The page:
A 6th is a musical interval that spans 9 semitones (9 frets) for a major 6th and 8 semitones (8 frets) for the minor 6th. What interesting about the minor 6th is that it appears in the natural minor and the harmonic minor, but not the melodic minor. This article isn’t about minor scales though; I’ll go into all of that in later lessons!

For now, I’m just talking about the 6th as an interval. Not how to make chords with it. Add 6 chords do exist, but they require a bit more of an explanation to explain the shapes. They definitely fit into the general open guitar chord shapes idea, but let’s just talk about the interval first. Later lessons will talk about the chords.

What Is A 6th?

As the name would suggest, a 6th is the 6th degree of a scale. 6ths come in major (9 semitones) and minor (8 semitones) flavours.

In a lot of general Rock and Pop music, the interval isn’t used too often for chord voicings, but for improvising, knowing your intervals is always handy. For general note finding on guitar, knowing where you’ve jumped to is also very useful.

What Does A 6th Sound Like?

For reference, if you want to hear a major 6th, sing Jingle Bells, the first word is a major 6th: “dashing through the snow…”

For a minor 6th, look to the 4th and 5th notes of The Entertainer by Scott Joplin. Even if you don’t know the song by that name, you’ll know it when you hear it. Trust me.

Playing A Major And Minor 6th On The Same String

A 6th is 9 whole frets, so it can be a bit of stretch to play on a single string. While some intervals you can play in a single position, you definitely need to change positions for this one!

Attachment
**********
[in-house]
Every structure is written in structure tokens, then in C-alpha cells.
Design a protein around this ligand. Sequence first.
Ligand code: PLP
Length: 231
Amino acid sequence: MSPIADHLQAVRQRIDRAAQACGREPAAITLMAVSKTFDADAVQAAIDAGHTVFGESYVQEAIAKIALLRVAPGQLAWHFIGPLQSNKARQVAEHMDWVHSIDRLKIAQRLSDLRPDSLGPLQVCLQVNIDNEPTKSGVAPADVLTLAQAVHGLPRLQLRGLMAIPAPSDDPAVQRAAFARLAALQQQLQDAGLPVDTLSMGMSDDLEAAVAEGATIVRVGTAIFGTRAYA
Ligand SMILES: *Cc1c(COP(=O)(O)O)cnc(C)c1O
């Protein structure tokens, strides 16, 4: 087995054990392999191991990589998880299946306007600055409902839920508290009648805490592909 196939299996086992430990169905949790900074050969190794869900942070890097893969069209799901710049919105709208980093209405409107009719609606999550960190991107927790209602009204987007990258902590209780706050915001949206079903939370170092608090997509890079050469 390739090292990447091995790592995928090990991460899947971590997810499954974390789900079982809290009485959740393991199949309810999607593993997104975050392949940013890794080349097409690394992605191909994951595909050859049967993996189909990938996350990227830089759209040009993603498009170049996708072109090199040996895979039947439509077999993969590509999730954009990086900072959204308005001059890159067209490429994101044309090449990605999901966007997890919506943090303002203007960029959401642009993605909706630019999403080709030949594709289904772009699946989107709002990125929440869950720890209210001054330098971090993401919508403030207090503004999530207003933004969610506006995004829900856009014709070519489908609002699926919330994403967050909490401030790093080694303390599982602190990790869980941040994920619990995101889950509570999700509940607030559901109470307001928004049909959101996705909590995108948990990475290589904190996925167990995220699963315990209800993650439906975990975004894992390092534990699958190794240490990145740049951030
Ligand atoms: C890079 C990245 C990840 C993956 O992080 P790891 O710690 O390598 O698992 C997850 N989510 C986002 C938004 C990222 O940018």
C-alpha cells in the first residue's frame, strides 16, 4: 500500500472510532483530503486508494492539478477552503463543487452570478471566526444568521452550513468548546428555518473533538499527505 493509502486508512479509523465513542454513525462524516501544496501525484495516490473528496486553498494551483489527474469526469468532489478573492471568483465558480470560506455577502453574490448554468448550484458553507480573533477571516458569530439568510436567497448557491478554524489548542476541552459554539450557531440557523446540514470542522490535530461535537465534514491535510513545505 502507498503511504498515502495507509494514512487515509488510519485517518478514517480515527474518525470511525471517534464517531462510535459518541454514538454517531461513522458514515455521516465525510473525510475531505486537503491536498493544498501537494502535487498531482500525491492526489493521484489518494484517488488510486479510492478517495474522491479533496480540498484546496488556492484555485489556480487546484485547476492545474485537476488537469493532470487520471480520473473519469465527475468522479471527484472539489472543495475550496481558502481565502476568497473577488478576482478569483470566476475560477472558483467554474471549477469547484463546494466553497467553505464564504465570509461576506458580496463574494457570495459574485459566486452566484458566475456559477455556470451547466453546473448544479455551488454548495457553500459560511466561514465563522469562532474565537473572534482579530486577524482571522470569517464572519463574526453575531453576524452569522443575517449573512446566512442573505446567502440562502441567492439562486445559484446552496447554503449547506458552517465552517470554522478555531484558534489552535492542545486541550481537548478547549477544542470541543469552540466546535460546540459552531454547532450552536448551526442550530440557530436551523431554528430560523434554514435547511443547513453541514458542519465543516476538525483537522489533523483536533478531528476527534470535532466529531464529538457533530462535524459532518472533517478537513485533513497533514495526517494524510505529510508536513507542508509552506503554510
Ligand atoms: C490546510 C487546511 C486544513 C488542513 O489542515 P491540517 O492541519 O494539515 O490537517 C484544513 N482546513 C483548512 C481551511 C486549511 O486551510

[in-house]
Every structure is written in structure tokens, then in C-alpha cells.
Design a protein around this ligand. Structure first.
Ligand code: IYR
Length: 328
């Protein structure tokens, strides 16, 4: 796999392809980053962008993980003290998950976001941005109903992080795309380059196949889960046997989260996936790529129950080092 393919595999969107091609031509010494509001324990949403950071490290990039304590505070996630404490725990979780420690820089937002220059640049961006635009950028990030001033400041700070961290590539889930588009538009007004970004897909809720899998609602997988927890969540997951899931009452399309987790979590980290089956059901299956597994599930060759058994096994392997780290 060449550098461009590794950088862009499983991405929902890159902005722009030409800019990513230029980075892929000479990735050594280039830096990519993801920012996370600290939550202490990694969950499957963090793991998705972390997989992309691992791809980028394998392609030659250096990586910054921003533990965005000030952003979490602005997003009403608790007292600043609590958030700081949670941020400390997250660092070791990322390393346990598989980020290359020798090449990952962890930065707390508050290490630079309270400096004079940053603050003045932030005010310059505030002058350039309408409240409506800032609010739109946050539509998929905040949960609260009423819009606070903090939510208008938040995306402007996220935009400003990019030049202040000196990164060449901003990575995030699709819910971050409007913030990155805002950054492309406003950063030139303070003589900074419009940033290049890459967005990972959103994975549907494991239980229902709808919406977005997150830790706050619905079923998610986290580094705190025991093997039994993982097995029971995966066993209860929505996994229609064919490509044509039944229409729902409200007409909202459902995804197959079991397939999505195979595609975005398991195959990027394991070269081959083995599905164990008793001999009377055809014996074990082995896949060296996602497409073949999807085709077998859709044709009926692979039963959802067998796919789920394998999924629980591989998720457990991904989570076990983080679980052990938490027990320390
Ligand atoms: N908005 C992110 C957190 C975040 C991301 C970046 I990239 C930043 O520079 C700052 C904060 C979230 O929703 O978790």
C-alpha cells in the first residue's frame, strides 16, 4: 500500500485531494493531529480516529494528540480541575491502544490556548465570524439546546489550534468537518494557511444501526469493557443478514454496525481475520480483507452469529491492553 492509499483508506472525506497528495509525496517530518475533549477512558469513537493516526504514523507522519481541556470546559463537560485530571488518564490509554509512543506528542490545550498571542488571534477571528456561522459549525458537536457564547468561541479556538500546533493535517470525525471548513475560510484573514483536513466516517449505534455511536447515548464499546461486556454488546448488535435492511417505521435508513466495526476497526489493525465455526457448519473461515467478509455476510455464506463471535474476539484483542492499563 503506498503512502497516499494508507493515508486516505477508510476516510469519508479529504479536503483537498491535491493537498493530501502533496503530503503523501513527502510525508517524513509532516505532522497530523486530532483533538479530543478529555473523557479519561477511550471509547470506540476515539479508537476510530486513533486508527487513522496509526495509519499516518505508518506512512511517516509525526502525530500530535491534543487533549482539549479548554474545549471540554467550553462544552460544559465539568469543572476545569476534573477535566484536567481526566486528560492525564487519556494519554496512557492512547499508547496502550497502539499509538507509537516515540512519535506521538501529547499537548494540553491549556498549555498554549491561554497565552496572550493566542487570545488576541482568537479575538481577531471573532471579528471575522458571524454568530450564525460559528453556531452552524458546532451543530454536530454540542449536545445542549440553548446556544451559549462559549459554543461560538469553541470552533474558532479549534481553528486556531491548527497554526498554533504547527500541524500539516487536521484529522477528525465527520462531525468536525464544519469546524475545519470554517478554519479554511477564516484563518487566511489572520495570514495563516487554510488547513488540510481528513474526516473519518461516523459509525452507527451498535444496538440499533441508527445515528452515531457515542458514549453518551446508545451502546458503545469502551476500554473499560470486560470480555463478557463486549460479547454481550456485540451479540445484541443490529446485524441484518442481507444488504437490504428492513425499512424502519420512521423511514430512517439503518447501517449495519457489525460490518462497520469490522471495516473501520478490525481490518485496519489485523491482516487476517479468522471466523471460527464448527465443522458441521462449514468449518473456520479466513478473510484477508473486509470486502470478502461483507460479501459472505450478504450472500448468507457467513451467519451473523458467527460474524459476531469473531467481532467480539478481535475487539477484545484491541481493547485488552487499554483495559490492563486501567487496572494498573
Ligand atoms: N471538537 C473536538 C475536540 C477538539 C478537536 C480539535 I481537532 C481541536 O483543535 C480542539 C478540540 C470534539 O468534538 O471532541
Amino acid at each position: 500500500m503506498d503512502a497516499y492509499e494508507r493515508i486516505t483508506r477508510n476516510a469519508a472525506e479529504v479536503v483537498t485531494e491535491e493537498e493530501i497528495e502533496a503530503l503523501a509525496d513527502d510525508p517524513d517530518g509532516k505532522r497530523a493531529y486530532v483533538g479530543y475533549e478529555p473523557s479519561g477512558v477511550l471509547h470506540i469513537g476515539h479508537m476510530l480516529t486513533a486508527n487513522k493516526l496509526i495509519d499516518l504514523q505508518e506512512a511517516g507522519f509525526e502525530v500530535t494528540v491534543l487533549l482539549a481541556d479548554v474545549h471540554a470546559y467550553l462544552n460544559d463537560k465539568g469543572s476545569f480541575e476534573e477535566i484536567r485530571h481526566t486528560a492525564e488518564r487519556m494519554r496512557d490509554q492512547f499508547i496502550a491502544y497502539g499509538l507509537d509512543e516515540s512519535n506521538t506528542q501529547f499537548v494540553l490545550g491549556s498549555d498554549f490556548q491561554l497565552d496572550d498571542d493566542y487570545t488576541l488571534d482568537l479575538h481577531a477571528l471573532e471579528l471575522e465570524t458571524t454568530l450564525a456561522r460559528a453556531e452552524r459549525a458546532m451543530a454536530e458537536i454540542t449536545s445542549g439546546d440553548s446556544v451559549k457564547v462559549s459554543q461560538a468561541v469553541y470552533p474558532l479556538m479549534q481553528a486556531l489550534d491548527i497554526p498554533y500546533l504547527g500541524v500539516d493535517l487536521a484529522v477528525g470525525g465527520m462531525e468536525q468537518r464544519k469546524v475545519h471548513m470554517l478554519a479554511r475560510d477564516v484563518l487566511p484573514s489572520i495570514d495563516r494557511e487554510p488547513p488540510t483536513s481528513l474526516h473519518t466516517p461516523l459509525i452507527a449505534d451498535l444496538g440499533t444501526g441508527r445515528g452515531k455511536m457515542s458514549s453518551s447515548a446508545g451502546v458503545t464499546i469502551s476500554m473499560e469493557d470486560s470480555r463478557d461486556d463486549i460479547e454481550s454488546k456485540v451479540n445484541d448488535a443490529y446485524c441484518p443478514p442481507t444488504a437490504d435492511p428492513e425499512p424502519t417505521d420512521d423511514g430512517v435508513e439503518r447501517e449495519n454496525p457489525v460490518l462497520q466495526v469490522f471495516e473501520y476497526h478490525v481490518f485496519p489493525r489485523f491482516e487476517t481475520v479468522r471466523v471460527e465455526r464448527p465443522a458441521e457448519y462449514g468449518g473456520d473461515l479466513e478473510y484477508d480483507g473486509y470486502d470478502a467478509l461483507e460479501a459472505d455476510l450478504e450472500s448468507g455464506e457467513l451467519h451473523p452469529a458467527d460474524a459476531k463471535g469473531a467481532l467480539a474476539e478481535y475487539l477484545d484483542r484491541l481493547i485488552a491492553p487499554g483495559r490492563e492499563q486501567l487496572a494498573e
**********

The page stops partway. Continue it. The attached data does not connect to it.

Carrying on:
Single String Major 6th On Guitar

Diagram showing a major 6th across one guitar string.

The minor 6th is “only” 8 frets, so not quite as far, but you’ll still need to change positions.

Single String Minor 6th On Guitar

Since it’s just on one string, the interval is the same for all strings on the guitar.

Finding Major 6ths Across Guitar Strings

The easiest way to find a 6th interval on guitar is to remember that an octave is 2 strings down and 2 frets across. A dominant 7th is 1 fret behind the octave, and a 6th is 2 frets below that (3 frets below the octave).

In the diagram below, each 6th interval across the strings is shown in different colours.

Diagram of a 6th interval on guitar.

Just don’t forget that, as usual, you need to compensate for the B string by moving everything up a fret.

Finding Minor 6ths Across Guitar Strings

Since the minor 6th is one less semitone than the major 6th, all you need to do to play a minor 6th is shift the higher string back by 1 fret, as shown in the diagram below.

Diagram showing minor 6th intervals across guitar strings.

How To Practice 6ths On Guitar

Obviously a 6th appears in both major and minor scales, but, if you’re only mostly playing pentatonic scales, you’ll notes that only the major pentatonic contains the 6th degree of the scale. There’s a certain brightness and joy to it. 

But remember, the interval doesn’t have to happen between the root and the 6th degree of the scale. For example, there’s an ascending minor 6th between the 5th and 10th (3rd) of a minor scale. This is a sadder interval that can be thrown into jamming around a minor pentatonic scale.

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